Three of These Things Belong Together
Updated: Aug 10, 2021
Surely images and sounds of 70s era Children's Television have bounced into memory, suddenly just now. The first YouTube example I found showed a 2x2 grid with three kids looking adorable and the fourth kid hanging upside down (braids flopping to prove it). What's this, another creative metaphor hatching? Please stay tuned a minute more.
For my few Facebook friends, yesterday I posted a closeup of a wine goblet with fingerprints showing (evidence of Eric's paws' presence). Here's that same photo with my personal whorls and ridges embellishing the Petit Syrah contents.
This morning that picture took my imagination to the Venice/Murano entries on the TGA (theyregoingagain) website, and the pristine goblet shown there with the romantic Venetian Canal shimmering at dusk, in the background. Sighing permitted.
And of course the Sesame Street song sprang to mind. "Well, yeah, of course, it could only be that."
Aside from the whimsey of linking instructive PBS kidplay to stately images of high-class emotion, what's the possible connection here?
It isn't so much a things-belong-together matter, as an illustration of what we decide to notice. In the one photo it's the incongruous, detailed fingerprints (I never realized there were such wrinkles on the ends of my fingers) making an unintended wallpaper on the meant-to-be-clean goblet, that sweep aside all the other details. Maybe with emerging wry humor I choose to notice that odd interruption in an otherwise tame photo capturing an hour of my day. In the second wine goblet photo, I would argue that the more memorable part of the composition is the slightly blurry background -- among which are the reflections on the vaguely rippling Adriatic waters, with its suggestion of passion unfolding behind yonder shadows. That, even more than the wine glass obviously arranged by an unnamed commercial photographer for effect, in order to sell his photos. I can't assume those particular issues will have leapt forth, in your own heart, in either of the two pictures ... but the assumption (that details trigger memories for the beholder) about essential story-telling is worth making. That the concept I'm calling "Story" may be found anywhere; that it's part of our making sense of the world as we encounter it, daily. And as we try to find patterns there, in order to be glad of it (it's a human trait, I think, wanting to be happy), we select certain messages to focus on more exclusively. Hence the beauty of very old graveyards. The charm of incredibly wrinkled faces surrounding eyes that have seen great joy and also felt the buffets of inconsolable sorrow. Stone floors rubbed to a bumpy sheen by centuries of barefoot pilgrims.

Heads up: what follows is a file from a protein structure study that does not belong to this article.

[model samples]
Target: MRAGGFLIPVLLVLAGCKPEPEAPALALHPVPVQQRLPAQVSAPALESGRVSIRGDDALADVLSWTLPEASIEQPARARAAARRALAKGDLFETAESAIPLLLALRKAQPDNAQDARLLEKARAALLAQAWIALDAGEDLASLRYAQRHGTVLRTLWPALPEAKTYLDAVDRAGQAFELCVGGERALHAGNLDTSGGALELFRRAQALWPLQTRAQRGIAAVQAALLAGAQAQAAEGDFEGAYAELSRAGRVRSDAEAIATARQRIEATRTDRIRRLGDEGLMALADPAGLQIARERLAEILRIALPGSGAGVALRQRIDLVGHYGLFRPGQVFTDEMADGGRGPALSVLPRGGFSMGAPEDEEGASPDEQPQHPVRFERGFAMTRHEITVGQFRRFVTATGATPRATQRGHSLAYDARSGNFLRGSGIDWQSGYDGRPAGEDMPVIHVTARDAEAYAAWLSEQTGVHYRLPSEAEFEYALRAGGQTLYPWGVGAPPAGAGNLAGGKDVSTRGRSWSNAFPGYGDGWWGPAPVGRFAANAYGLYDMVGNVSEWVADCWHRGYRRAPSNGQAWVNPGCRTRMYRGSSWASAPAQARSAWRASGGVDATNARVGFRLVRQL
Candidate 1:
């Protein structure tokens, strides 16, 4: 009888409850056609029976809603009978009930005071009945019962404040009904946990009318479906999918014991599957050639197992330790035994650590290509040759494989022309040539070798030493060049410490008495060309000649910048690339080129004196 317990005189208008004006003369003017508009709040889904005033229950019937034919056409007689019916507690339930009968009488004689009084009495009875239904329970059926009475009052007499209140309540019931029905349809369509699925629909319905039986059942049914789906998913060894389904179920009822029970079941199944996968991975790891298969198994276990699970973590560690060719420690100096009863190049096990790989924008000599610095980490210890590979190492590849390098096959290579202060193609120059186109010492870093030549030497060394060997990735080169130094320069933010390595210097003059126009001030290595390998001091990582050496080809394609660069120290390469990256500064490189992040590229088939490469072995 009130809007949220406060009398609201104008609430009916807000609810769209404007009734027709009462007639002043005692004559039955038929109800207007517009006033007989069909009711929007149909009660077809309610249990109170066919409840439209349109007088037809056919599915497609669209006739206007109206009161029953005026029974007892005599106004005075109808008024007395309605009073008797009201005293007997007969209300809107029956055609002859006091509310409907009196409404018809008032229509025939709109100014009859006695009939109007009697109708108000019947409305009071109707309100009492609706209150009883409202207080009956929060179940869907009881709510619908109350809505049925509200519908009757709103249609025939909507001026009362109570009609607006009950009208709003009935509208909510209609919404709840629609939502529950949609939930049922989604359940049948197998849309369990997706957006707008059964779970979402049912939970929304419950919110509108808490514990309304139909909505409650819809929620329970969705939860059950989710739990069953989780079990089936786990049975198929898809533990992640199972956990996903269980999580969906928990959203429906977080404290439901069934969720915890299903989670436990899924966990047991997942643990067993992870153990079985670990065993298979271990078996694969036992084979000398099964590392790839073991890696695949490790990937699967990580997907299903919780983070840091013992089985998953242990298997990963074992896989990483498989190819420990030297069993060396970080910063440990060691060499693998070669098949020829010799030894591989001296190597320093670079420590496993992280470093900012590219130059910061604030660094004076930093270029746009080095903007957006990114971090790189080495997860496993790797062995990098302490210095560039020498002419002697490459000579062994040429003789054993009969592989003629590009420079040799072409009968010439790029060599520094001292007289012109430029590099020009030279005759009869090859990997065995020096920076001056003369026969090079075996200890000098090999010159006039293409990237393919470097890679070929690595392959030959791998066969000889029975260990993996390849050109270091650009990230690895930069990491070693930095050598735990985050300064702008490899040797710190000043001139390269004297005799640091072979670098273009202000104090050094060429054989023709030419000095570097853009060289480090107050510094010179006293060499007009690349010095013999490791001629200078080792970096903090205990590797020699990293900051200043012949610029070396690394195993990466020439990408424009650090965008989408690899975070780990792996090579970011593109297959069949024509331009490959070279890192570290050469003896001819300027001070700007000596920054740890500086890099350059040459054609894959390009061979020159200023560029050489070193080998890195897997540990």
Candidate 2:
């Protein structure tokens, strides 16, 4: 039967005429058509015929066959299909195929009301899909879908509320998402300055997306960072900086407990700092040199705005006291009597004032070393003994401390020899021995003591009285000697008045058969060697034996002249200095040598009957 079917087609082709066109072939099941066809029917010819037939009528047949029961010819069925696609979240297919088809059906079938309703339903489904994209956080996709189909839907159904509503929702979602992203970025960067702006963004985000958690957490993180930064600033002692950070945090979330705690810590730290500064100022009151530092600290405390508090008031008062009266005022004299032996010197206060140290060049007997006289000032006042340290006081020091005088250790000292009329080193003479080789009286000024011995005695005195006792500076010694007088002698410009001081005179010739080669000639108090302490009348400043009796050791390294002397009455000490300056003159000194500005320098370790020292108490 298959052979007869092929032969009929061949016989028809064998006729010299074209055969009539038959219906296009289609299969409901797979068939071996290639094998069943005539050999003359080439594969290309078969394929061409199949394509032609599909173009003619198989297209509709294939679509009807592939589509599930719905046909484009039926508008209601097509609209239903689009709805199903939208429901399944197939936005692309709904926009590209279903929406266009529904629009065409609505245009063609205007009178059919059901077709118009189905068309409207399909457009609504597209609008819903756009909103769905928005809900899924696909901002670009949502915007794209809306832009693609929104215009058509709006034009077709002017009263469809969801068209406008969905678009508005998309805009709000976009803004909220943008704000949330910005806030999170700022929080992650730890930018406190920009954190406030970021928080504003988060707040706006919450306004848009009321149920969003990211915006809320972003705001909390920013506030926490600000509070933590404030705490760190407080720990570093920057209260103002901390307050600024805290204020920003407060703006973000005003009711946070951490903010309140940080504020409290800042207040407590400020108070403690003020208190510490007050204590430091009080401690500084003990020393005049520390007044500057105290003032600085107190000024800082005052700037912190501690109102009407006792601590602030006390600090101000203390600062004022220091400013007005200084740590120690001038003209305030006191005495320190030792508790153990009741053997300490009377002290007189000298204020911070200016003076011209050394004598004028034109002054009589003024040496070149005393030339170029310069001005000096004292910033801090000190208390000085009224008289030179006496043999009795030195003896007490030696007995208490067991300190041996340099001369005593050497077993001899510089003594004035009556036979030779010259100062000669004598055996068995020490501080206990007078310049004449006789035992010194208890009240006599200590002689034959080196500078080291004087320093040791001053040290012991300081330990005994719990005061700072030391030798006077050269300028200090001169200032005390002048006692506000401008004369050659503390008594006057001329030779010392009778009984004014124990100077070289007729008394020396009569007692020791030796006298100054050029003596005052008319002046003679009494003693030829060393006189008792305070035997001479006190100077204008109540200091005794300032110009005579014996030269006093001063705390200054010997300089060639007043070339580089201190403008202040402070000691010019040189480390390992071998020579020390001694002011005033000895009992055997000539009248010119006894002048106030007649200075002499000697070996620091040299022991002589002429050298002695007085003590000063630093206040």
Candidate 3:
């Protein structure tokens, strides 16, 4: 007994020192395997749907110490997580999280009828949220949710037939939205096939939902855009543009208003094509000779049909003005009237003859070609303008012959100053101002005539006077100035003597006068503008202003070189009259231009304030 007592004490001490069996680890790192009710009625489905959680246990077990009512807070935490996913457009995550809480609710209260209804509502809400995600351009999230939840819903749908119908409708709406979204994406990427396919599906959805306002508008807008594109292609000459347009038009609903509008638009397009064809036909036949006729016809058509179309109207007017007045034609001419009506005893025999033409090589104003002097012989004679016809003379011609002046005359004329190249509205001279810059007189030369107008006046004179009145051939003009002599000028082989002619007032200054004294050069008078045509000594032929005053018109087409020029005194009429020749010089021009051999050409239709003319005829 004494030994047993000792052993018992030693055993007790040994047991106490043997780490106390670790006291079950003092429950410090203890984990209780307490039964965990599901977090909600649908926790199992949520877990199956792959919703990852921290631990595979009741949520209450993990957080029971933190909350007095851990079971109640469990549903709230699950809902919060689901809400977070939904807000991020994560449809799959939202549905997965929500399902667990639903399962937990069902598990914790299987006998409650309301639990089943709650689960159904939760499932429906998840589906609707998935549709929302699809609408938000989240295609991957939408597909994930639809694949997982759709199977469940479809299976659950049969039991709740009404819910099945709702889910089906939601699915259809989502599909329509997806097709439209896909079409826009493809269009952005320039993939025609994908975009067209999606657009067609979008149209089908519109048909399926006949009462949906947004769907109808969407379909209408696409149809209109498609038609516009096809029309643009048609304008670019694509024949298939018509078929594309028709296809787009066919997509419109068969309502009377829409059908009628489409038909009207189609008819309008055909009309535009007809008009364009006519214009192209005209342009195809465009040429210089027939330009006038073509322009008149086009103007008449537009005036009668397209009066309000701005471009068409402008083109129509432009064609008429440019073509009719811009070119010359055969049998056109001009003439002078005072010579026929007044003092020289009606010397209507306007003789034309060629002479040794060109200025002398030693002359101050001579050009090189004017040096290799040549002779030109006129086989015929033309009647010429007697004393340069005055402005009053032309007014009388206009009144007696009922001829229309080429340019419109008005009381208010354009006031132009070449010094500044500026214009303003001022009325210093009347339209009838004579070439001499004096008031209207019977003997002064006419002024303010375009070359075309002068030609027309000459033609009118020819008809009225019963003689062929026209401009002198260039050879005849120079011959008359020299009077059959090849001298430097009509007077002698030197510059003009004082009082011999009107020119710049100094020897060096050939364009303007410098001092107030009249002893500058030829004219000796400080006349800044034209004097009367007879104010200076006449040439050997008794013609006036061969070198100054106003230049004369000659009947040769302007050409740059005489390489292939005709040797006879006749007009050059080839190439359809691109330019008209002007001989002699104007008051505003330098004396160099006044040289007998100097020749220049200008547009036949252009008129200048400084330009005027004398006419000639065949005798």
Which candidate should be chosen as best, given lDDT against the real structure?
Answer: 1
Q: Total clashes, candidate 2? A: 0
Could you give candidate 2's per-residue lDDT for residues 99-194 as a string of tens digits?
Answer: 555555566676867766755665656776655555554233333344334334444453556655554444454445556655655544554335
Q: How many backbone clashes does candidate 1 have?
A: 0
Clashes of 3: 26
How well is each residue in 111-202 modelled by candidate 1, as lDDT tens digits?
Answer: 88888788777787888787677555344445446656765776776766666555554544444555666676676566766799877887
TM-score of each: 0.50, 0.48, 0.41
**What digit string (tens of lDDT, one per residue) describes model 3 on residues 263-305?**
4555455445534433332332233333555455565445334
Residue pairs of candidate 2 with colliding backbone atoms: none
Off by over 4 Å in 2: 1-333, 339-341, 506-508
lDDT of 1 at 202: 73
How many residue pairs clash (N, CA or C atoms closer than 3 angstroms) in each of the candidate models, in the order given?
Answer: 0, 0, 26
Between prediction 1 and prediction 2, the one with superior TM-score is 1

Storytelling is what I am seeking to do, in the course of taking photos and assembling videos throughout our adventures. Not just a "We did this and then this and then this" kind of slide-show, I fervently hope.
Insofar as my output ends up looking like merely home movies, of course, I have utterly failed.
Which, evidence suggests, has been the outcome more often than not.
Yet it is a worthy goal -- a windmill whose passing sails are at risk of Eric's metaphoric lance/pen/keyboard/Sony cameras.